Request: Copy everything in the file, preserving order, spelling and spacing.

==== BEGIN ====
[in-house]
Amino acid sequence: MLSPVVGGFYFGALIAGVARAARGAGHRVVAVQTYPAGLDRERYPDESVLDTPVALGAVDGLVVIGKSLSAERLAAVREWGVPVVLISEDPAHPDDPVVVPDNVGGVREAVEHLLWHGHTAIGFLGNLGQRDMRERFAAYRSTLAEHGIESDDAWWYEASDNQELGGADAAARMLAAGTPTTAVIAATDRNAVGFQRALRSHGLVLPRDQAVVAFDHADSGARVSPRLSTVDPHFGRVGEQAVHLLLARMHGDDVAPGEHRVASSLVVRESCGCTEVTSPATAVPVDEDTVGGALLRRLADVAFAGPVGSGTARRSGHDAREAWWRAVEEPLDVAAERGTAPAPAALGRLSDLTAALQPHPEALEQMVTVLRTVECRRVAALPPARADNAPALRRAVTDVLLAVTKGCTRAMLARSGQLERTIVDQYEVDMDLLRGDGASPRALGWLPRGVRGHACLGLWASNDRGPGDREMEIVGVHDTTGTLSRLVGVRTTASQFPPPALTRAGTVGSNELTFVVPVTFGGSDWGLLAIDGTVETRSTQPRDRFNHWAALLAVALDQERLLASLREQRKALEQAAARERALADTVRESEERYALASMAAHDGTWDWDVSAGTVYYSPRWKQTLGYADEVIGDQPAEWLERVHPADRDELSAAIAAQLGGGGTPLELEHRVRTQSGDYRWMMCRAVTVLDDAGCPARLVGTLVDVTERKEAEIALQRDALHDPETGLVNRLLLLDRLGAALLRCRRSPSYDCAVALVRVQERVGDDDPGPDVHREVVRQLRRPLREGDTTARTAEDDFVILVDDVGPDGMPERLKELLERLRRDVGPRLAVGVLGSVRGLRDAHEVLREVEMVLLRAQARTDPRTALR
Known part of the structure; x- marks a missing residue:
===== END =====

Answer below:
[in-house]
Amino acid sequence: MLSPVVGGFYFGALIAGVARAARGAGHRVVAVQTYPAGLDRERYPDESVLDTPVALGAVDGLVVIGKSLSAERLAAVREWGVPVVLISEDPAHPDDPVVVPDNVGGVREAVEHLLWHGHTAIGFLGNLGQRDMRERFAAYRSTLAEHGIESDDAWWYEASDNQELGGADAAARMLAAGTPTTAVIAATDRNAVGFQRALRSHGLVLPRDQAVVAFDHADSGARVSPRLSTVDPHFGRVGEQAVHLLLARMHGDDVAPGEHRVASSLVVRESCGCTEVTSPATAVPVDEDTVGGALLRRLADVAFAGPVGSGTARRSGHDAREAWWRAVEEPLDVAAERGTAPAPAALGRLSDLTAALQPHPEALEQMVTVLRTVECRRVAALPPARADNAPALRRAVTDVLLAVTKGCTRAMLARSGQLERTIVDQYEVDMDLLRGDGASPRALGWLPRGVRGHACLGLWASNDRGPGDREMEIVGVHDTTGTLSRLVGVRTTASQFPPPALTRAGTVGSNELTFVVPVTFGGSDWGLLAIDGTVETRSTQPRDRFNHWAALLAVALDQERLLASLREQRKALEQAAARERALADTVRESEERYALASMAAHDGTWDWDVSAGTVYYSPRWKQTLGYADEVIGDQPAEWLERVHPADRDELSAAIAAQLGGGGTPLELEHRVRTQSGDYRWMMCRAVTVLDDAGCPARLVGTLVDVTERKEAEIALQRDALHDPETGLVNRLLLLDRLGAALLRCRRSPSYDCAVALVRVQERVGDDDPGPDVHREVVRQLRRPLREGDTTARTAEDDFVILVDDVGPDGMPERLKELLERLRRDVGPRLAVGVLGSVRGLRDAHEVLREVEMVLLRAQARTDPRTALR
Known part of the structure; x- marks a missing residue: